I recently wrote some code that would remove non-alphabetical characters from plaintext. It was only about 30 lines of code, but the results surprised me. (If you're reading this in Method & Apparatus, check out the formatted version here.)
The code run on English prose
Note the em-dashes. Can you guess the author? Original text here.
The source and author for this one are probably impossible to guess. It's the beginning of Frankenstein by Mary Shelley. (Original text here.)
I like these pictures because I’m interested in mapping the silences in natural language. Remove the text, and you've created a galaxy of ’ ; : ~ / ” ” ( ) — , . … ! ? . These are the things that people can’t voice separately—long pauses, short pauses, studied pauses, rude pauses, intakes of breath, rises and falls in intonation, asides, shades of meaning—suddenly centered in the text. The patterns might even vary between different kinds of natural languages.
This reminds me a lot of the paper rolls and metal disks on which music was originally transcribed for music boxes. Sound through absence.
The code run on code
If you're familiar with programming languages, you can probably tell that the example was written in Lisp. (Source.) I like this image because designing a programming language gives people a unique opportunity to design their own syntax and grammars, and different languages can have very distinct signatures. The media can be obsessed with code that looks a certain way, e.g. things that look like
x = 6;, and
obj.verb(thing); often appear in stock images.
Code also gives us a great opportunity for recursion:
This is the code (written in Haskell) run on itself. Can you guess how it works?
I haven't written a LaTeX/PDF parser for math yet, but if I had, here's what the results might look like:
I’m interested in the exotic kinds of notation that we define for abstractions, especially in math. In general, I’m interested in the distinction between symbols and syntax, especially the unpronouncable. A function called "f" can be said right away. What about exotic Haskell operators like
(<*>) ("Death Star") or
(>=>) ("Fishy")? You have to give them a name, or else say what it does (super-fancy: "left-to-right Kleisli composition of monads"??) or say the names of the punctuation marks ("less than equals less than"). I’d like to highlight and center the work of the syntax. It could be cool to challenge people to fill in the code or writing inside the given syntax skeleton.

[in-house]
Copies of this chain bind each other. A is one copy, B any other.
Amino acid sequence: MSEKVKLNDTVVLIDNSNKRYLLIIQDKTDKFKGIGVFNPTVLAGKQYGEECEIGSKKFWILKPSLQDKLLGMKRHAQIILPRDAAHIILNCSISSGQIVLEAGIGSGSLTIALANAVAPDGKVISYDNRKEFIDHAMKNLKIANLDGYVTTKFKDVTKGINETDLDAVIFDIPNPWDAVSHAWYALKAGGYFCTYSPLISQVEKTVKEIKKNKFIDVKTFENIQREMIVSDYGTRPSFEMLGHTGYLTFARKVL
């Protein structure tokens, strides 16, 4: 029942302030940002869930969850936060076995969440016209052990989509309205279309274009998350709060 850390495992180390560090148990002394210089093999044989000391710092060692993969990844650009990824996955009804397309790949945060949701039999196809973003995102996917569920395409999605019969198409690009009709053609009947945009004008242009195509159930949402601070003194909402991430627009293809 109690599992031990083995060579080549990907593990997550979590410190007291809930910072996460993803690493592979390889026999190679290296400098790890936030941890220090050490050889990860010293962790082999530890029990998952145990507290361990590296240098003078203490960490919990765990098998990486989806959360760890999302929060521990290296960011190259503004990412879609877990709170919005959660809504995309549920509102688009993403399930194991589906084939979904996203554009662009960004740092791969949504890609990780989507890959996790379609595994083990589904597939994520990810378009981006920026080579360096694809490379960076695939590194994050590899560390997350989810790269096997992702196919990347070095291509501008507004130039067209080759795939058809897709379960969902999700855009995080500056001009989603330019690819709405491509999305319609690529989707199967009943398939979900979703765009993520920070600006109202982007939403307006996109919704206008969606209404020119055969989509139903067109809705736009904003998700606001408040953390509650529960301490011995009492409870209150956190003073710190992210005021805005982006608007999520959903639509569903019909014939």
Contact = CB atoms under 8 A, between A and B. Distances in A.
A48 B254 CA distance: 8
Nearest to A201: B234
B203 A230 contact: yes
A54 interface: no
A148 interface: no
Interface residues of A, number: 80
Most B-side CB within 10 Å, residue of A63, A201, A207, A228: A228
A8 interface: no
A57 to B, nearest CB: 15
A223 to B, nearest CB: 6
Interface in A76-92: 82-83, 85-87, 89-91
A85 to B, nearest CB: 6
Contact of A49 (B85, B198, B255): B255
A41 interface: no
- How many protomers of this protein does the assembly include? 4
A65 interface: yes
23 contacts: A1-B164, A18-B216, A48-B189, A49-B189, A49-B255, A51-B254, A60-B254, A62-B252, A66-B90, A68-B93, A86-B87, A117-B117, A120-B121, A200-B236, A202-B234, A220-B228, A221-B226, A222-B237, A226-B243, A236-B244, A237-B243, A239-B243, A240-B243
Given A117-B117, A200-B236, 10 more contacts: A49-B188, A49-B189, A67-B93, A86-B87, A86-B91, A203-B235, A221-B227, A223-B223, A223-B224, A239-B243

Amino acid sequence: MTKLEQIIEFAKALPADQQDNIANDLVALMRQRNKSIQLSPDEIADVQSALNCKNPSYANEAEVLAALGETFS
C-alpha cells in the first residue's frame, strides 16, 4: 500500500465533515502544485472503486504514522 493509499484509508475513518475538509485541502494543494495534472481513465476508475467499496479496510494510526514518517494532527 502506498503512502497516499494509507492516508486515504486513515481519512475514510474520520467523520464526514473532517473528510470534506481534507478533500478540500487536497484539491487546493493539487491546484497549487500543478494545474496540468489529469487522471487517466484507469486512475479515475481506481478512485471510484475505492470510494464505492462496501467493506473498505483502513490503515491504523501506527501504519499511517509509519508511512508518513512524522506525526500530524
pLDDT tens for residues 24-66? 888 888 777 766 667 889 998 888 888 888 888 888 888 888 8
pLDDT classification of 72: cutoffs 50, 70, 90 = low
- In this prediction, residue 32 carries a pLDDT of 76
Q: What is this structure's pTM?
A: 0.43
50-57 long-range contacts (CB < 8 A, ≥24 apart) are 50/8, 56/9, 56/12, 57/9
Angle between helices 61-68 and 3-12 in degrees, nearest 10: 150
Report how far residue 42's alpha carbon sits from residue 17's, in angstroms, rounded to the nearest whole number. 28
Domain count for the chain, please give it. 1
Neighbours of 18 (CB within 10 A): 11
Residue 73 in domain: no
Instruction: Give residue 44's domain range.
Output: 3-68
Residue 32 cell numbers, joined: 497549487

Do people have unique syntactical signatures in various natural and symbolic languages? Can you track someone by her semicolons?
I was doing some linear algebra on a chalkboard with someone. Specifically, we were working
with symmetric bilinear forms and inner products, which are very
<([bracket-heavy])>. After they left, I wondered what would remain if I erased the symbols (e.g. x and y in
<x, y>) on the chalkboard. This was in the beginning of May 2014. (I took a picture of it back then because I take pictures of everything.)
I also came across an intriguing poem in a poetry class last winter: “Uncut” by Chelsey Minnis. I have mild synesthesia and experience written punctuation as soft internal sound and motion. Her use of ellipsis to fill the page and displace space created an interesting droning static effect that I’d never experienced before.
Besides just syntax, I’m interested in different kinds of notation humans have invented, such as writing in general, Roman numerals vs. Arabic numerals, bra-ket notation, functional composition in math, and juggling notation.
I guess if you wanted to replicate this process, you could think about the invisible parts of the media that you work in and how they interact with human design. :-)
Haskell language, Haskell compiler (GHC), emacs, Markdown, LaTeX, git, fish shell, chalkboard. (Lots of text editors!)
The code, original texts, and commit history can be found in the GitHub repo.